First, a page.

Defense, totals emerge during
NBA playoffs

Apr 26, 2005 6:55 AM

Defense still wins championships. This old sports adage is very accurate.

USC’s defense manhandled Oklahoma in the Orange bowl for college football’s national title, and defense has keyed the Patriots run to three Super Bowl titles the last four seasons. The one year the Pats didn’t win, 2002, the No. 1 defense of Tampa Bay smacked the No. 1 offense of the Raiders in the Super Bowl.

A year ago in the NBA Finals, the blue collar, physical Detroit defense dethroned the high-flying Lakers offense.

Michael Jordan may have been best known for his offense, but it was his and the team’s defense from 1996-98 that netted the Chicago Bulls three straight titles. The same was true for the Lakers during their recent run and the champion Spurs in 1999 and 2003.

When Jordan won his last championship in 1998, the Bulls went 13-6-1 in games "under" the total during the playoffs. In 2003, the Spurs went 15-8-1 "under" the total and the Pistons were 14-8-1 "under" last season.

It’s nice to see Pistons coach Larry Brown back behind the bench, recovering from a late-season illness that threatened to keep him home for the rest of the season. Brown was instrumental in teaching and motivating the Pistons defensively last season.

Detroit is not always pretty offensively, losing 82-64 and 94-79 in Games 3 and 4 against the Nets in last year’s playoffs. The Pistons even lost to the Pacers in a playoff game, 83-68. They scored only 78 points in Game 1 against the Nets, but won by 22. Detroit also went on to win the NBA title, stunning the Lakers as a 7-1 series dog. Winning ugly is secondary to winning, of course.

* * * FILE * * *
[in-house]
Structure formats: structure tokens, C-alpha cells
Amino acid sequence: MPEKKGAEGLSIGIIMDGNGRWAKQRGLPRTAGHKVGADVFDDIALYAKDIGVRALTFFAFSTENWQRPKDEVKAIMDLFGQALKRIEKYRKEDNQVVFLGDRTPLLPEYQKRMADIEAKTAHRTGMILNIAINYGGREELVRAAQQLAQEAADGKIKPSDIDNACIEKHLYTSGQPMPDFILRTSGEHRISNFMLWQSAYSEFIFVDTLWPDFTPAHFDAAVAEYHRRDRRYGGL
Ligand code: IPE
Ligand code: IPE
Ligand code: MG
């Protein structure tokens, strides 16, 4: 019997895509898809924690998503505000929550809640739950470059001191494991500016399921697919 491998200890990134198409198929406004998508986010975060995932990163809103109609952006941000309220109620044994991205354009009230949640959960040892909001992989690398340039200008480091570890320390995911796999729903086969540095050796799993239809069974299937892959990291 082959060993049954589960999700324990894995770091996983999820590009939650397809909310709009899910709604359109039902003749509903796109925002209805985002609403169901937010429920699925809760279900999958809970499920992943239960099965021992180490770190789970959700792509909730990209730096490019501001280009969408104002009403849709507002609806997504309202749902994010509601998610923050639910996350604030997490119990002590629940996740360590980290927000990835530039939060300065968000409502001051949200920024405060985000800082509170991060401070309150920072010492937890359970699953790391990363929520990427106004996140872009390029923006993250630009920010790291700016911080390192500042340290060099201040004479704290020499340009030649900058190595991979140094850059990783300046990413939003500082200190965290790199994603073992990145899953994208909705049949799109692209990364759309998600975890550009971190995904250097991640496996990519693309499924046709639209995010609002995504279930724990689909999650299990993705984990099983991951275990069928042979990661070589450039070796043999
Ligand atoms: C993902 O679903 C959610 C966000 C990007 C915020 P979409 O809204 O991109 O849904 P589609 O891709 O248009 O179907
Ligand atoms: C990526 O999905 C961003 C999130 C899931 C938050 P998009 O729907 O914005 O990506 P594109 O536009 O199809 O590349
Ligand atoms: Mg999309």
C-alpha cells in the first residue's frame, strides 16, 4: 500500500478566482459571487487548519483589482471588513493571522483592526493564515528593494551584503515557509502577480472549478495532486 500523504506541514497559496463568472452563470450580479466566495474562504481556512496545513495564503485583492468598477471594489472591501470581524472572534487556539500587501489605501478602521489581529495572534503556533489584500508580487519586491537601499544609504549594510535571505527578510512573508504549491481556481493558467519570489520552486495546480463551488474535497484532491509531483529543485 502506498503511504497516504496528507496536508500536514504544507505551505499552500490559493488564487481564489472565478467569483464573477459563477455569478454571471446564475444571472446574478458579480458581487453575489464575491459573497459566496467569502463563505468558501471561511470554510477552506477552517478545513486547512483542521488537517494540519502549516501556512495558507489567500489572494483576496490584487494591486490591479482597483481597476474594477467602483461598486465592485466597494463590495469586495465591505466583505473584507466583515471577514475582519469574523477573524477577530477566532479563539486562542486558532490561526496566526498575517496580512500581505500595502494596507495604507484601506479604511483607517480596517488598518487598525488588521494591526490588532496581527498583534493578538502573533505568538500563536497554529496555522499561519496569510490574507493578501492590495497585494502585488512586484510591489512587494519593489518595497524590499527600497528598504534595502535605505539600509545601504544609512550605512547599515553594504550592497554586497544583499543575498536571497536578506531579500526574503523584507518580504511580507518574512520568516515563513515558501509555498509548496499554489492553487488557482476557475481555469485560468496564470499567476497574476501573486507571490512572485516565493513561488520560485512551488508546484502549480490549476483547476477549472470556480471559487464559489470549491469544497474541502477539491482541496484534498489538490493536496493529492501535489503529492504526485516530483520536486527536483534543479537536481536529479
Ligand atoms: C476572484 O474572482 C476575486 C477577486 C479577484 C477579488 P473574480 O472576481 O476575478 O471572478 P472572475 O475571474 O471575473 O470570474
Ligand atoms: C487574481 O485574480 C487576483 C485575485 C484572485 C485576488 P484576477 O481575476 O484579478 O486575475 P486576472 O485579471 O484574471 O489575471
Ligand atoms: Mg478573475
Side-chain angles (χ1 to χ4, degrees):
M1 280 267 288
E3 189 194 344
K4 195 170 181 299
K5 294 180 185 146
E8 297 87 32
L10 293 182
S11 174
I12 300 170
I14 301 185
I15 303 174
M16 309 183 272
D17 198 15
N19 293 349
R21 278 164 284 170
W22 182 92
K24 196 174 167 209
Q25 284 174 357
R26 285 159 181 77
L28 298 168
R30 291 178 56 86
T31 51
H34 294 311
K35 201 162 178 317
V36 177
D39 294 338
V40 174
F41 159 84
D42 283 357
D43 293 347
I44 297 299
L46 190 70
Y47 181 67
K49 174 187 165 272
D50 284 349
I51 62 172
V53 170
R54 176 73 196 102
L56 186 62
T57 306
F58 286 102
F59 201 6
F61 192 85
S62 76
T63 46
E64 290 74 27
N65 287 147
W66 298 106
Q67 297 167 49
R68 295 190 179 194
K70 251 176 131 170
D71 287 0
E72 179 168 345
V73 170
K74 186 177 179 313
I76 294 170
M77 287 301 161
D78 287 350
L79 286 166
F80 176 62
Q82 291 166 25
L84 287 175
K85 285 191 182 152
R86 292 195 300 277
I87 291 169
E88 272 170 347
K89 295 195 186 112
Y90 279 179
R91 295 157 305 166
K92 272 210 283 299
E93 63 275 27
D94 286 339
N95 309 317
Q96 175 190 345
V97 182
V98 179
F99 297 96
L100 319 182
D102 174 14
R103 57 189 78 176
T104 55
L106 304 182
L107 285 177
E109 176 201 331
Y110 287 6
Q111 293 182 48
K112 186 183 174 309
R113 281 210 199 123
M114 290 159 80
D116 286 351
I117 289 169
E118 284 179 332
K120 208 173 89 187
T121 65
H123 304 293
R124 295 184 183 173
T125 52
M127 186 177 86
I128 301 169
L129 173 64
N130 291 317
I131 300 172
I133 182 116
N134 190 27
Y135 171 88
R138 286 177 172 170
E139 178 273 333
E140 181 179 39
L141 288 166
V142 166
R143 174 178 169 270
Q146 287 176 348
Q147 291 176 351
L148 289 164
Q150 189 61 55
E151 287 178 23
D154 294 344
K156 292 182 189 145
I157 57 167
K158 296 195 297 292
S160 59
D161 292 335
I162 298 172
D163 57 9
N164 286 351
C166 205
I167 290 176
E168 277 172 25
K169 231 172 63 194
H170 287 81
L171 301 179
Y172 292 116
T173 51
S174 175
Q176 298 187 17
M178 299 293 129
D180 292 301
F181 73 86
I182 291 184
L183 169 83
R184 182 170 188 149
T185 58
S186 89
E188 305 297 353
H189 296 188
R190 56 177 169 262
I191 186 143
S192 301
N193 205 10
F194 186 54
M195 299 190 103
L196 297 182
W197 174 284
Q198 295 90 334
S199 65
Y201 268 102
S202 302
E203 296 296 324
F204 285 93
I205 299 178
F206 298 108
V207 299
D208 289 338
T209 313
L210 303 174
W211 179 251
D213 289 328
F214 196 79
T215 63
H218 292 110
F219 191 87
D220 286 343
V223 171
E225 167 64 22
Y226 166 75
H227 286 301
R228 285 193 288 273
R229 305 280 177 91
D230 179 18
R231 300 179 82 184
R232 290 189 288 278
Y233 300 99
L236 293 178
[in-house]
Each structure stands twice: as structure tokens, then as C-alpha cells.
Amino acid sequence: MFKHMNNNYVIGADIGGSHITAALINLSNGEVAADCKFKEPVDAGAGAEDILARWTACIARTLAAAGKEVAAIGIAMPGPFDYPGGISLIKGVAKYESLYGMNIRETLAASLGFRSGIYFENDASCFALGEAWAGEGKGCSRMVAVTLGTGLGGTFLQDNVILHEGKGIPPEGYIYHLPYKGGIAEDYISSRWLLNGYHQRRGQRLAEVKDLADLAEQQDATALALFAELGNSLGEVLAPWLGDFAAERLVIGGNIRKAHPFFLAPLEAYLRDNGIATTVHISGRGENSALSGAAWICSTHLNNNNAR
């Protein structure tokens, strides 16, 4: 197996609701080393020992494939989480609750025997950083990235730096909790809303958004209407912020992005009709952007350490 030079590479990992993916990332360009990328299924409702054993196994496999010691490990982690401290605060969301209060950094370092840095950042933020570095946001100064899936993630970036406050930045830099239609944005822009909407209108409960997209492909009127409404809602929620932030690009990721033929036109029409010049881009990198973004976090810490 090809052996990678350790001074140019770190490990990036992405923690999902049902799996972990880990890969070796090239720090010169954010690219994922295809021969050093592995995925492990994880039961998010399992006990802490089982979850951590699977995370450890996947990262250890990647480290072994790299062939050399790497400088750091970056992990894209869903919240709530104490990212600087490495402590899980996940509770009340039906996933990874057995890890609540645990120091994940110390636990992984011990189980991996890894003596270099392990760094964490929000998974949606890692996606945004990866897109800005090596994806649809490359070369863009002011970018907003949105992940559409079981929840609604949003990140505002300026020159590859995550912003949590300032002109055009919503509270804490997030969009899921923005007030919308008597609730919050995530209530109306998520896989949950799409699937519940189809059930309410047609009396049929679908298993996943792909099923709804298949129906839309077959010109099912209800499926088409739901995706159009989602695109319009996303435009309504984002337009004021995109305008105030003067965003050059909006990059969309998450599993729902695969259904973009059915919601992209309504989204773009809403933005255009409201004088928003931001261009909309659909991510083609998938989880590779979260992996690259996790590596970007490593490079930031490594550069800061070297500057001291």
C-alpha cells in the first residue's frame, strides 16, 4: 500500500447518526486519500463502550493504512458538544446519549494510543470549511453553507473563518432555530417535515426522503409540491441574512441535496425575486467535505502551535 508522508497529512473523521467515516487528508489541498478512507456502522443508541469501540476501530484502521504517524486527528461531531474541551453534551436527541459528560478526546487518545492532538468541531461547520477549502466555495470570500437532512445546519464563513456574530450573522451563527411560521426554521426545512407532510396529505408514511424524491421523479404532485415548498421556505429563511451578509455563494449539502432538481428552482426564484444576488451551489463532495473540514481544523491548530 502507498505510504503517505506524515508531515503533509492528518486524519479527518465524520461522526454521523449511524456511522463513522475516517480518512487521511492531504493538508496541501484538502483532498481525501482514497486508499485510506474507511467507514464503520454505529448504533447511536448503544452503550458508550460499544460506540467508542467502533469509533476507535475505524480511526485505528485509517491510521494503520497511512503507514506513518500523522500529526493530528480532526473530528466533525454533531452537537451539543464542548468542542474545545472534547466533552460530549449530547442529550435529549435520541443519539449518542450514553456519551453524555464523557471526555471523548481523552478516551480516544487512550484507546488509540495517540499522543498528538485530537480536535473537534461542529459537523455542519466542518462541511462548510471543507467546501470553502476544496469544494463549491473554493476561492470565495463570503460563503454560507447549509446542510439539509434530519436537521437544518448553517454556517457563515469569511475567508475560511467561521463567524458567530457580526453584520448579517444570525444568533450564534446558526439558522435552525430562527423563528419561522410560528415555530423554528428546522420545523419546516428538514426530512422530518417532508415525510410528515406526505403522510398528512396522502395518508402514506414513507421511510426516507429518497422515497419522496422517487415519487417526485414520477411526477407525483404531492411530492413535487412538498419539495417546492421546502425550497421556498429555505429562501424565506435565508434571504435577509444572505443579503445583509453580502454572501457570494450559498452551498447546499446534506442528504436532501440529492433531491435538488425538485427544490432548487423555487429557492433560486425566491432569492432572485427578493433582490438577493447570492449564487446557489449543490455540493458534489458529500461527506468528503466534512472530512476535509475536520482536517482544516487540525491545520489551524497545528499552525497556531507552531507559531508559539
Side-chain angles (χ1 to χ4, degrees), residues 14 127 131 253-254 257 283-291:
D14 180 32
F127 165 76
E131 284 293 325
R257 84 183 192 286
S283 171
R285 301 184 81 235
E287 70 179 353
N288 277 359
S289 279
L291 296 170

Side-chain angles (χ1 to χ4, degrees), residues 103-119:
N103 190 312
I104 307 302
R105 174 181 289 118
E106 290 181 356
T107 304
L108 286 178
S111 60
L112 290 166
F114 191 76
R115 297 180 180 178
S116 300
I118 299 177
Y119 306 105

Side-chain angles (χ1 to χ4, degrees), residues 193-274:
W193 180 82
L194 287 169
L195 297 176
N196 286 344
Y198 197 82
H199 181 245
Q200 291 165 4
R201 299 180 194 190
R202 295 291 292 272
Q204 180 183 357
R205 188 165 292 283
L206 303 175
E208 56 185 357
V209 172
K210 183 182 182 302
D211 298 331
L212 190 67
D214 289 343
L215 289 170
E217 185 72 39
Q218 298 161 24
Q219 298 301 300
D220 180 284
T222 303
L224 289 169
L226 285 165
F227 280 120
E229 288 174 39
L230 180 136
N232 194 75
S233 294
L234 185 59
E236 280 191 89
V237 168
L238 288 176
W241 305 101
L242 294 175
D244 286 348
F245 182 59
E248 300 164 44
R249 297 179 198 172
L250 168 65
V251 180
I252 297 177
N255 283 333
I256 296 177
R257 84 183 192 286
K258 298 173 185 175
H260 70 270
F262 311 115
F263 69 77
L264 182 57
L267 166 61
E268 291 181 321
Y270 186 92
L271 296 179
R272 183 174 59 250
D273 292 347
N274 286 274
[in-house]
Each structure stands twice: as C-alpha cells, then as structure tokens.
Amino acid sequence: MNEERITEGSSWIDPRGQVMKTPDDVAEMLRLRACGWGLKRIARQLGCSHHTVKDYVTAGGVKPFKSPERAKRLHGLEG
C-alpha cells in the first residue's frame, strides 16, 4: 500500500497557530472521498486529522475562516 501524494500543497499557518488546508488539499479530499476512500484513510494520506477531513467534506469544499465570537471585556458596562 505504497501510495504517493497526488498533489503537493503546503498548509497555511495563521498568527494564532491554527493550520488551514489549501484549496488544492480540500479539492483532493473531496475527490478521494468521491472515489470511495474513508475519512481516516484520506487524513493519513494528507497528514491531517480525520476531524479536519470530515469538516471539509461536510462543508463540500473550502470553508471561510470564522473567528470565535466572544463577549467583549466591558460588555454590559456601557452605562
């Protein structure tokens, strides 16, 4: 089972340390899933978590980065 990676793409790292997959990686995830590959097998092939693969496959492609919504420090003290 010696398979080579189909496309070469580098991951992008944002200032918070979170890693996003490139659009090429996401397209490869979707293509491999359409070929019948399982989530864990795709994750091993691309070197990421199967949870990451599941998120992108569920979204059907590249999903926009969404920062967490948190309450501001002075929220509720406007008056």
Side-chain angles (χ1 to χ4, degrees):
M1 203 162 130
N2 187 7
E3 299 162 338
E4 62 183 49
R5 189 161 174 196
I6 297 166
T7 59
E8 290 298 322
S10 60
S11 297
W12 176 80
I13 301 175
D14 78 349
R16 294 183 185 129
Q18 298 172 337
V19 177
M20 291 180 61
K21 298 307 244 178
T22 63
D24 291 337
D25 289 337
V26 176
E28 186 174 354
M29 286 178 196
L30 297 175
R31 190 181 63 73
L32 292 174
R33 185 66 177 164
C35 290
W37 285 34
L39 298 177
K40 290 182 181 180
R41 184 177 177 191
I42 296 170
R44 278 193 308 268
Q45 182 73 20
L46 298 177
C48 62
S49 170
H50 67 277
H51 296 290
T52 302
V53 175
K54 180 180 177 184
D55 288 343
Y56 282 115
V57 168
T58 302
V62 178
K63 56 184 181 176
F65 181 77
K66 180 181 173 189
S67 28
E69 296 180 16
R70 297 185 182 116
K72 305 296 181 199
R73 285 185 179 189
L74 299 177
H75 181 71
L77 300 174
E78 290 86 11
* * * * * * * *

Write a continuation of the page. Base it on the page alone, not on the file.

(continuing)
Brown coached the Philadelphia 76ers, a team that played tough defense and made it to the NBA finals. Philadelphia went 14-9 "under" the total in the 2001 playoffs. A year ago there were 37 "unders" and 27 "overs" in the NBA playoffs.

Strong defensive teams play as hard as they can defensively during the regular season a lot of the time, but not all. Sometimes games are blowouts and teams will coast on defense or have fun trying to score in the final quarter, rather than work hard on defense.

Once the playoffs roll around, however, there are fewer one-sided games and opportunities to coast. The last two seasons "under" is 20-11 in the Eastern/Western Conference finals and the NBA finals.

Oddsmakers are aware of this and often adjust the totals accordingly. When the Pistons and Pacers met in the East finals last spring, the total for Game 1 opened 163. For Games 5 and 6, it dropped to 159. Five of those six games sailed "under."

You may recall a defensive clash a few years ago when Pat Riley’s Miami Heat took on the Jeff Van Gundy’s New York Knicks in a battle of two coaches that preach great ”˜D’. The totals were very low (170 average), yet "unders" prevailed 5-1-1.

These NBA playoffs are going to be interesting. Except plenty of rough, physical play with few easy scoring opportunities.

There will be an interesting contrast of styles in the West, with run-and-gun fast break teams (Suns, Mavericks, Kings) squaring off against monster defensive teams like the Rockets, Grizzlies and Spurs.